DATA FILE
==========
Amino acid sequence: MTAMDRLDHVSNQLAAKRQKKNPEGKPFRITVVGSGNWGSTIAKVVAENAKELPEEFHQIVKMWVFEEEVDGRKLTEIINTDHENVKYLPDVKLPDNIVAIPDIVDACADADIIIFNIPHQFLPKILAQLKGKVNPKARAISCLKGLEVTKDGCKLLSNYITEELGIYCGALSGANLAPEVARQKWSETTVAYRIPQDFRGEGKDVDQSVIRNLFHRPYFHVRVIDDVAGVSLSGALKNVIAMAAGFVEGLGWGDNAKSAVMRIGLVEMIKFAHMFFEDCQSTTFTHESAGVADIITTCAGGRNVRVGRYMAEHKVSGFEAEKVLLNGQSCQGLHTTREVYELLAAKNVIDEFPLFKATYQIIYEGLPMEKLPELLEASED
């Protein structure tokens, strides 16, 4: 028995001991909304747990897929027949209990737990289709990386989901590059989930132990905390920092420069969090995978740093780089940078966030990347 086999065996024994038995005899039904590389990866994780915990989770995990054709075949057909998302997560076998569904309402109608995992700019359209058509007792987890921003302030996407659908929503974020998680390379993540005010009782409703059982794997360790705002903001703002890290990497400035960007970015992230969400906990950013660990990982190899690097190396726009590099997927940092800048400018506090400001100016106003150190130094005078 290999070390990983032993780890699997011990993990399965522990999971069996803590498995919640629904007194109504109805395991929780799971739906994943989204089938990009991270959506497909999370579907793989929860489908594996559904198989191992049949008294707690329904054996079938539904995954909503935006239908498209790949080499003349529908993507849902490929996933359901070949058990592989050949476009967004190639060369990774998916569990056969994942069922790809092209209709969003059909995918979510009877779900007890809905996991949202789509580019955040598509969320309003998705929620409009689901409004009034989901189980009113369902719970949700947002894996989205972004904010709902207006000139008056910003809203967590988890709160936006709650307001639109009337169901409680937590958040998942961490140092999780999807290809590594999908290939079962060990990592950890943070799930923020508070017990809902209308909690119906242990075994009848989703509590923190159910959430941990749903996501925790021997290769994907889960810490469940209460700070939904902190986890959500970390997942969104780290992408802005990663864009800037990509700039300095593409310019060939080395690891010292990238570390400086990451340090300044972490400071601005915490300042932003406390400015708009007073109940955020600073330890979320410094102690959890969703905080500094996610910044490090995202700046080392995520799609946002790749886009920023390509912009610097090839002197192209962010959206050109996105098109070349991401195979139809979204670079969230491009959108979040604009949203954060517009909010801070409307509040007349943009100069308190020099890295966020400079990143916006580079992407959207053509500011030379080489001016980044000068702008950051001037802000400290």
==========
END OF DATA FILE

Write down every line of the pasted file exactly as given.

Amino acid sequence: MTAMDRLDHVSNQLAAKRQKKNPEGKPFRITVVGSGNWGSTIAKVVAENAKELPEEFHQIVKMWVFEEEVDGRKLTEIINTDHENVKYLPDVKLPDNIVAIPDIVDACADADIIIFNIPHQFLPKILAQLKGKVNPKARAISCLKGLEVTKDGCKLLSNYITEELGIYCGALSGANLAPEVARQKWSETTVAYRIPQDFRGEGKDVDQSVIRNLFHRPYFHVRVIDDVAGVSLSGALKNVIAMAAGFVEGLGWGDNAKSAVMRIGLVEMIKFAHMFFEDCQSTTFTHESAGVADIITTCAGGRNVRVGRYMAEHKVSGFEAEKVLLNGQSCQGLHTTREVYELLAAKNVIDEFPLFKATYQIIYEGLPMEKLPELLEASED
């Protein structure tokens, strides 16, 4: 028995001991909304747990897929027949209990737990289709990386989901590059989930132990905390920092420069969090995978740093780089940078966030990347 086999065996024994038995005899039904590389990866994780915990989770995990054709075949057909998302997560076998569904309402109608995992700019359209058509007792987890921003302030996407659908929503974020998680390379993540005010009782409703059982794997360790705002903001703002890290990497400035960007970015992230969400906990950013660990990982190899690097190396726009590099997927940092800048400018506090400001100016106003150190130094005078 290999070390990983032993780890699997011990993990399965522990999971069996803590498995919640629904007194109504109805395991929780799971739906994943989204089938990009991270959506497909999370579907793989929860489908594996559904198989191992049949008294707690329904054996079938539904995954909503935006239908498209790949080499003349529908993507849902490929996933359901070949058990592989050949476009967004190639060369990774998916569990056969994942069922790809092209209709969003059909995918979510009877779900007890809905996991949202789509580019955040598509969320309003998705929620409009689901409004009034989901189980009113369902719970949700947002894996989205972004904010709902207006000139008056910003809203967590988890709160936006709650307001639109009337169901409680937590958040998942961490140092999780999807290809590594999908290939079962060990990592950890943070799930923020508070017990809902209308909690119906242990075994009848989703509590923190159910959430941990749903996501925790021997290769994907889960810490469940209460700070939904902190986890959500970390997942969104780290992408802005990663864009800037990509700039300095593409310019060939080395690891010292990238570390400086990451340090300044972490400071601005915490300042932003406390400015708009007073109940955020600073330890979320410094102690959890969703905080500094996610910044490090995202700046080392995520799609946002790749886009920023390509912009610097090839002197192209962010959206050109996105098109070349991401195979139809979204670079969230491009959108979040604009949203954060517009909010801070409307509040007349943009100069308190020099890295966020400079990143916006580079992407959207053509500011030379080489001016980044000068702008950051001037802000400290």